Some NYC young folk have seized upon an idea that's been hiding in plain sight ever since the international art-world went from being a starving village to an over-fed Megalopolis .
Believe it or not I've been introducing students to notions of artists as an unpaid labor force and using other labor-supply & demand analogies for at least a decade to illustrate the art-economy structure to young painters. Young artists find it difficult to imaginatively entertain the notion of compensation and pay parity in an art-world typified (perfectly twinning the larger economy) by a growing wealth disparity.
In an informational, multi-media-channeled, world we often hear that content is King. Artists, in essence, are content providers - providing programming content, of varying types and quality, to art institutions and private interests. More often than not -as the folks below volubly point out- artists are under-or-un-paid for providing goods and services which are THE essential component of an artworld and art market simply awash in dollars.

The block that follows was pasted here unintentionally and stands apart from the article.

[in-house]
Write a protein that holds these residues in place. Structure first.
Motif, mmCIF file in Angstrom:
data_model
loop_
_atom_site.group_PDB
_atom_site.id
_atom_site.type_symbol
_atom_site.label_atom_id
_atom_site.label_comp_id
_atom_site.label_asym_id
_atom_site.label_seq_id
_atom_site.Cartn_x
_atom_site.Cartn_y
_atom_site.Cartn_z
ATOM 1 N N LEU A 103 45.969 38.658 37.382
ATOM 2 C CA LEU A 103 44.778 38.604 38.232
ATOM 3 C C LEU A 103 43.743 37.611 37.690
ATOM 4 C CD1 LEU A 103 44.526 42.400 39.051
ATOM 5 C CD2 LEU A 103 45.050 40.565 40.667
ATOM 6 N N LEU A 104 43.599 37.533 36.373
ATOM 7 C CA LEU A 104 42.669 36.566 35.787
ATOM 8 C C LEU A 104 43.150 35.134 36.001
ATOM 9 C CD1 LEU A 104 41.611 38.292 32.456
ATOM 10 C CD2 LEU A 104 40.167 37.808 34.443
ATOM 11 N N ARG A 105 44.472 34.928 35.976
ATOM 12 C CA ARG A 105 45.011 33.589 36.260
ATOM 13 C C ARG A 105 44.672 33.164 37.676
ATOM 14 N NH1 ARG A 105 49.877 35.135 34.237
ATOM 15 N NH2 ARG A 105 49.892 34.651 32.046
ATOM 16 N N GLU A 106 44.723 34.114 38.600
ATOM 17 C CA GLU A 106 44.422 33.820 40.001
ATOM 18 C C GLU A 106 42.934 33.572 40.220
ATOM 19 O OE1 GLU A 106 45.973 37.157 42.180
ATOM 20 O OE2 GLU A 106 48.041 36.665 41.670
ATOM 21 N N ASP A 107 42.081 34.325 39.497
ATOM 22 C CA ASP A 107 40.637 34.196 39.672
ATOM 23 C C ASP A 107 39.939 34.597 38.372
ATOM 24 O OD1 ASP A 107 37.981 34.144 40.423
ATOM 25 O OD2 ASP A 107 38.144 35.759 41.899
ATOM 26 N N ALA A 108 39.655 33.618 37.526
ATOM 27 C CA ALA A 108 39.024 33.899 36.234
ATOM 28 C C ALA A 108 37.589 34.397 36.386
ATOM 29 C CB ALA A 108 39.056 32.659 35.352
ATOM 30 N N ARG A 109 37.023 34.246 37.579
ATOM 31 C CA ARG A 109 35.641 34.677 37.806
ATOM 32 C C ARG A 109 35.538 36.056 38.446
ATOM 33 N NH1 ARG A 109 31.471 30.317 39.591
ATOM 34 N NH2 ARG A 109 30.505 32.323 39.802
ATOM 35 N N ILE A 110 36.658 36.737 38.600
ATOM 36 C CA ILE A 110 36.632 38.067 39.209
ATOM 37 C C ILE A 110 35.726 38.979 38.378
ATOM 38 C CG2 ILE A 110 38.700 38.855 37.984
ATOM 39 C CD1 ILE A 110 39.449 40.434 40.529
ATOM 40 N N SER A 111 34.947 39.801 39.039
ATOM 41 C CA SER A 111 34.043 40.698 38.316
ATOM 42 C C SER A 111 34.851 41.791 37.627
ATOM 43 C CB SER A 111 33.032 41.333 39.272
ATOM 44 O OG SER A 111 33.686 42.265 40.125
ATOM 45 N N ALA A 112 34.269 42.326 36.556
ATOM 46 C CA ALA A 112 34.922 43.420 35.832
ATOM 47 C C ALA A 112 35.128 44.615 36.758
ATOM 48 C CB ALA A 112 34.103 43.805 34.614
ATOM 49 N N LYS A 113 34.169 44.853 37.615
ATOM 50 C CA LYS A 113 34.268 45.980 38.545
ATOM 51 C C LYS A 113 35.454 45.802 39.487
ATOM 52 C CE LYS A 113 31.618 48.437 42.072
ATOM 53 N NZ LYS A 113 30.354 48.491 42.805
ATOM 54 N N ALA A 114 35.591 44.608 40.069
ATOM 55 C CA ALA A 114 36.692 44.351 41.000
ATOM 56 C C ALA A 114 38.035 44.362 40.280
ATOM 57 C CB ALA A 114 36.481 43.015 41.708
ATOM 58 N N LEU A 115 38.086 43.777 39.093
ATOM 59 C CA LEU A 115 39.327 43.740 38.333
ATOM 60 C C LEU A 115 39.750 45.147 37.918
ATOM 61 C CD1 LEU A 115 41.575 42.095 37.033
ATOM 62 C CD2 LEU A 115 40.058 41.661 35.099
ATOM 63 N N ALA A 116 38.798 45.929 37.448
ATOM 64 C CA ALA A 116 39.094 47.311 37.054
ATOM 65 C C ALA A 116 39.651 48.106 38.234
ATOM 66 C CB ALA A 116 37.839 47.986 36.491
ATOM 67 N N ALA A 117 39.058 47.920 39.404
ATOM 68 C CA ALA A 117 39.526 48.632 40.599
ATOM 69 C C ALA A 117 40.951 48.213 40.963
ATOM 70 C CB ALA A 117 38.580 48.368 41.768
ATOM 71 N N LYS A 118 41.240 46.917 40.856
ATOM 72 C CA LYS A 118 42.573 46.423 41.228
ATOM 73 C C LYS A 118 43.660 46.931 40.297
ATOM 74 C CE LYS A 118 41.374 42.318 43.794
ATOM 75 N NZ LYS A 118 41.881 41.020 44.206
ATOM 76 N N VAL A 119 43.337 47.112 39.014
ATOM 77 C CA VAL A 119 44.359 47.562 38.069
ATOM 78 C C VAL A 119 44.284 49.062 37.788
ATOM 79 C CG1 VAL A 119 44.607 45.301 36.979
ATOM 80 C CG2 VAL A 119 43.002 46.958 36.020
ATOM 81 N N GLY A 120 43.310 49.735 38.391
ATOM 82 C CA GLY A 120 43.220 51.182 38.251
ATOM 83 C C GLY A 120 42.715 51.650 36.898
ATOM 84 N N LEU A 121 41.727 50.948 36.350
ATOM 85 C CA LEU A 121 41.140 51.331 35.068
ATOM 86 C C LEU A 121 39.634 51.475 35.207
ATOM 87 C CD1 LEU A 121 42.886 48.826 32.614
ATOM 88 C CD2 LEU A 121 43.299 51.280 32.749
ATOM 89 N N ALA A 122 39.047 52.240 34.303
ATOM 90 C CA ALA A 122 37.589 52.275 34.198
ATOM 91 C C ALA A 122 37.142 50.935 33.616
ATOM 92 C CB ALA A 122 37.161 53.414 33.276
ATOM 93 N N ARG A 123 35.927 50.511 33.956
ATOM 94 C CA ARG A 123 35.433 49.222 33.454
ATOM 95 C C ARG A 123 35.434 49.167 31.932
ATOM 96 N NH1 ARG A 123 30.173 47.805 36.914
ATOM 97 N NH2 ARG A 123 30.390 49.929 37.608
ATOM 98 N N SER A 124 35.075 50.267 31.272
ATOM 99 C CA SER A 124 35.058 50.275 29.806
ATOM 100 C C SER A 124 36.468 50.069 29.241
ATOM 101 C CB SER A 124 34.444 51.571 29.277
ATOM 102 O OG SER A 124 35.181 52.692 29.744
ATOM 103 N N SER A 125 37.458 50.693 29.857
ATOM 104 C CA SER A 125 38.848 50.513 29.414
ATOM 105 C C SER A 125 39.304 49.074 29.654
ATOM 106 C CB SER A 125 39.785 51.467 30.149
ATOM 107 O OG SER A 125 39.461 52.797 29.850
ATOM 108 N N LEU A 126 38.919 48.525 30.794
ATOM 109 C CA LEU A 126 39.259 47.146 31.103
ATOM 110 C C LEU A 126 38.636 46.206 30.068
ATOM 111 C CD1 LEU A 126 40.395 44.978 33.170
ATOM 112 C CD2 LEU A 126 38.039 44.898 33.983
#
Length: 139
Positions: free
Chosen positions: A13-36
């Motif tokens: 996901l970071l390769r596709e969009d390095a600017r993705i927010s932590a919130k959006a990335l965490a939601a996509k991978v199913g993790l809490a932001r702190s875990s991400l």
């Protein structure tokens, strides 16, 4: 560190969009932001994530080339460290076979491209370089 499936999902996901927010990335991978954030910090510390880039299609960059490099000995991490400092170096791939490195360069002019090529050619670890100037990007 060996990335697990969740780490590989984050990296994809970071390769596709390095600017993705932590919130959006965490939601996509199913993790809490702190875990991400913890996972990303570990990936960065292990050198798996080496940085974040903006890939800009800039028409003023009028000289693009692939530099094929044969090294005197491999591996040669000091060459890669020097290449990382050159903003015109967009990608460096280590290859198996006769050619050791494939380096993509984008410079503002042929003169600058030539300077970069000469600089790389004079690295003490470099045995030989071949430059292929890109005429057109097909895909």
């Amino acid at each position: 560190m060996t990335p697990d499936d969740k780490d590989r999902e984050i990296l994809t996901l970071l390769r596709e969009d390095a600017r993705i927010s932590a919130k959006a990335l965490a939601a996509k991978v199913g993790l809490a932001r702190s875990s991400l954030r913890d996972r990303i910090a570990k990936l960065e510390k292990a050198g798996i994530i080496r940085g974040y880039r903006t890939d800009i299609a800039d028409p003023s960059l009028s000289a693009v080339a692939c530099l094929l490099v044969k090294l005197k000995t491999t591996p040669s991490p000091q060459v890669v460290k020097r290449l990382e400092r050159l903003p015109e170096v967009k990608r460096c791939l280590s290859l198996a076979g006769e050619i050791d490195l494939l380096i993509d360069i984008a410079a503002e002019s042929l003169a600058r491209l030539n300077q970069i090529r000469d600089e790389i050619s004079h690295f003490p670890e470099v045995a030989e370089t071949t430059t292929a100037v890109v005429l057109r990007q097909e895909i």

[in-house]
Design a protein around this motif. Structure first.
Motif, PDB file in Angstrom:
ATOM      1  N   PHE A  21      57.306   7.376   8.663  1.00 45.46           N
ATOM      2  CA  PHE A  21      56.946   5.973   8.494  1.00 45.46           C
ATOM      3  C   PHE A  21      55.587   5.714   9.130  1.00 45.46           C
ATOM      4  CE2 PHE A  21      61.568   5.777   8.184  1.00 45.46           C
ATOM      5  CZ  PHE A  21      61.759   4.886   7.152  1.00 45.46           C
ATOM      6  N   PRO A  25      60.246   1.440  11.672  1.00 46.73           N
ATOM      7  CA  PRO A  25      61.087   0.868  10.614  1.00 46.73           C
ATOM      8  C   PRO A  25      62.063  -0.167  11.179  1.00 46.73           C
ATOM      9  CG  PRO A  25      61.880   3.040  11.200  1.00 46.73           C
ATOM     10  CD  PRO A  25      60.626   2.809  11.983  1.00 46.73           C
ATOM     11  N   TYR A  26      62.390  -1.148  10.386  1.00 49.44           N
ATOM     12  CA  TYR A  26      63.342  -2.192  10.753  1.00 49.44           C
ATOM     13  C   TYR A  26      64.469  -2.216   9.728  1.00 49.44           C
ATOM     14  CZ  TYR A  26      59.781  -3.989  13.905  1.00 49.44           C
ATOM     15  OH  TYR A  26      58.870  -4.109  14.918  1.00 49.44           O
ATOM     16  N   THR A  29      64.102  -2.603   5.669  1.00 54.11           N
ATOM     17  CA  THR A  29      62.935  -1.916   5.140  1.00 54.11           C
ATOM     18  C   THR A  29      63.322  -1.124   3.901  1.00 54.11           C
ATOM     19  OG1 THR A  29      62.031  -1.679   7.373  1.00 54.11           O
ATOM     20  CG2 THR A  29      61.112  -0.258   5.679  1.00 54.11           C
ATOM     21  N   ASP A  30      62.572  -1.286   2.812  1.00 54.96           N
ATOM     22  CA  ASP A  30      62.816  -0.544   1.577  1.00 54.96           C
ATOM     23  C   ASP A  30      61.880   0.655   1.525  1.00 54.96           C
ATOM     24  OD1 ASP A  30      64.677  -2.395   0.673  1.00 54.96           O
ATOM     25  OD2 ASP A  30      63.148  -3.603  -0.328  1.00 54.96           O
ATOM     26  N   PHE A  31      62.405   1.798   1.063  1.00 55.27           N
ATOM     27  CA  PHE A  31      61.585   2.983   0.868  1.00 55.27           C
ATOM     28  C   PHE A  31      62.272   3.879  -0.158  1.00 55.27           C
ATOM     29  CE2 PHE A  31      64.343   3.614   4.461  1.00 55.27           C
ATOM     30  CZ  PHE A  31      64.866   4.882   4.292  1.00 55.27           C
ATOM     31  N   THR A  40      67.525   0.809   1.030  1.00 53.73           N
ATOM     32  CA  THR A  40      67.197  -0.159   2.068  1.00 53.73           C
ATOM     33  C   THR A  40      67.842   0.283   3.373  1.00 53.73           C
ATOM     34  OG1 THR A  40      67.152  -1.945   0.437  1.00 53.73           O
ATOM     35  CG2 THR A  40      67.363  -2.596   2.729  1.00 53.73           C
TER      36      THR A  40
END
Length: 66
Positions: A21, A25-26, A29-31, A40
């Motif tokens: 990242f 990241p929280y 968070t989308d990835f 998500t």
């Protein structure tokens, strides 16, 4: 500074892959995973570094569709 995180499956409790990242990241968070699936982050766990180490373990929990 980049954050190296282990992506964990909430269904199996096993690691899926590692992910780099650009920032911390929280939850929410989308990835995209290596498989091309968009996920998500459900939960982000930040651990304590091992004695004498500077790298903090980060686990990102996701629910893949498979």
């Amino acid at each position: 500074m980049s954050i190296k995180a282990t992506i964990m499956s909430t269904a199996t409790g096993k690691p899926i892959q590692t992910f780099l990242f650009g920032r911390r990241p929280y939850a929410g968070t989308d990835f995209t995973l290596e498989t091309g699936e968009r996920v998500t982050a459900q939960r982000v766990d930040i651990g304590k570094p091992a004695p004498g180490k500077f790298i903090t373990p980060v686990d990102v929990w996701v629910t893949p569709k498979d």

Since the W.A.G.E. folk have put time and effort into shaping and finding a platform for such ideas (as opposed to my ineffectual and cranky public griping) I think I'll give them props and let them do their own talking and agitating in the embedded videos below.
If you are one of the 1 & 1/2 people who read this blog - you could do no better, on WAGE & artist's behalf, than to distribute these videos in your own sweet way.
By the way, this blog entry heading is borrowed from WAGE's slogan We demand payment for making the world a more interesting place. I don't think Madison Ave. could have coem up with a pithier campaign slogan.
Go kids, go!!!
WAGE energy smells wonderfully similar to the energy and low-fi tactics of the Guerilla Girls and the activist moments that led up to those masked crusaders.